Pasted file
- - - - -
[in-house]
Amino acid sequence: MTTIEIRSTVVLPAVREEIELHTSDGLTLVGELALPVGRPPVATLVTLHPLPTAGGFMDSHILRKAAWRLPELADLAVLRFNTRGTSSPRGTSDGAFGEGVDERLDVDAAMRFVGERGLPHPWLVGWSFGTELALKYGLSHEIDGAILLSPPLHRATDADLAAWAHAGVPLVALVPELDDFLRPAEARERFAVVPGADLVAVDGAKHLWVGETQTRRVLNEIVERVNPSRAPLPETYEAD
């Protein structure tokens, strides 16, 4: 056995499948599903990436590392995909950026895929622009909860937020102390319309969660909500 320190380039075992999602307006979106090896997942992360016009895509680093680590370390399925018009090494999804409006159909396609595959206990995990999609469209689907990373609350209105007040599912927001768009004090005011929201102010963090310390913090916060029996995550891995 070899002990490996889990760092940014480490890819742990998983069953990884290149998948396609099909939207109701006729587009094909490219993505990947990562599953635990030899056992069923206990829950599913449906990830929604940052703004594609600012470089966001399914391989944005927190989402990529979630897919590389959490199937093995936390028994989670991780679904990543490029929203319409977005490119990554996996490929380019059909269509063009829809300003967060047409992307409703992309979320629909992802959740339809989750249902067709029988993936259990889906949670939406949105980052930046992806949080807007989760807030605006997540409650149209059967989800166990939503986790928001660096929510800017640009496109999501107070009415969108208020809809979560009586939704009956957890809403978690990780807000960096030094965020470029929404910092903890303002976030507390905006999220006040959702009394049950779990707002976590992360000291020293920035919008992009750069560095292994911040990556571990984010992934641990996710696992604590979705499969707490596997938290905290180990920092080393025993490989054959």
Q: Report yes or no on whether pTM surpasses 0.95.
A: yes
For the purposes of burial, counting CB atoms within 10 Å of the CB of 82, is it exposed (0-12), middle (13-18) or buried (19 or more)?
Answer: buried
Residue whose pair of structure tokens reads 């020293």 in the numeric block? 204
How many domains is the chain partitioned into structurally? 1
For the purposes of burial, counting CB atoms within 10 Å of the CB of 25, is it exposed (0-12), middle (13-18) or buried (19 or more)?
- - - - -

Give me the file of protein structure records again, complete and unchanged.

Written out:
[in-house]
Amino acid sequence: MTTIEIRSTVVLPAVREEIELHTSDGLTLVGELALPVGRPPVATLVTLHPLPTAGGFMDSHILRKAAWRLPELADLAVLRFNTRGTSSPRGTSDGAFGEGVDERLDVDAAMRFVGERGLPHPWLVGWSFGTELALKYGLSHEIDGAILLSPPLHRATDADLAAWAHAGVPLVALVPELDDFLRPAEARERFAVVPGADLVAVDGAKHLWVGETQTRRVLNEIVERVNPSRAPLPETYEAD
């Protein structure tokens, strides 16, 4: 056995499948599903990436590392995909950026895929622009909860937020102390319309969660909500 320190380039075992999602307006979106090896997942992360016009895509680093680590370390399925018009090494999804409006159909396609595959206990995990999609469209689907990373609350209105007040599912927001768009004090005011929201102010963090310390913090916060029996995550891995 070899002990490996889990760092940014480490890819742990998983069953990884290149998948396609099909939207109701006729587009094909490219993505990947990562599953635990030899056992069923206990829950599913449906990830929604940052703004594609600012470089966001399914391989944005927190989402990529979630897919590389959490199937093995936390028994989670991780679904990543490029929203319409977005490119990554996996490929380019059909269509063009829809300003967060047409992307409703992309979320629909992802959740339809989750249902067709029988993936259990889906949670939406949105980052930046992806949080807007989760807030605006997540409650149209059967989800166990939503986790928001660096929510800017640009496109999501107070009415969108208020809809979560009586939704009956957890809403978690990780807000960096030094965020470029929404910092903890303002976030507390905006999220006040959702009394049950779990707002976590992360000291020293920035919008992009750069560095292994911040990556571990984010992934641990996710696992604590979705499969707490596997938290905290180990920092080393025993490989054959």
Q: Report yes or no on whether pTM surpasses 0.95.
A: yes
For the purposes of burial, counting CB atoms within 10 Å of the CB of 82, is it exposed (0-12), middle (13-18) or buried (19 or more)?
Answer: buried
Residue whose pair of structure tokens reads 């020293």 in the numeric block? 204
How many domains is the chain partitioned into structurally? 1
For the purposes of burial, counting CB atoms within 10 Å of the CB of 25, is it exposed (0-12), middle (13-18) or buried (19 or more)?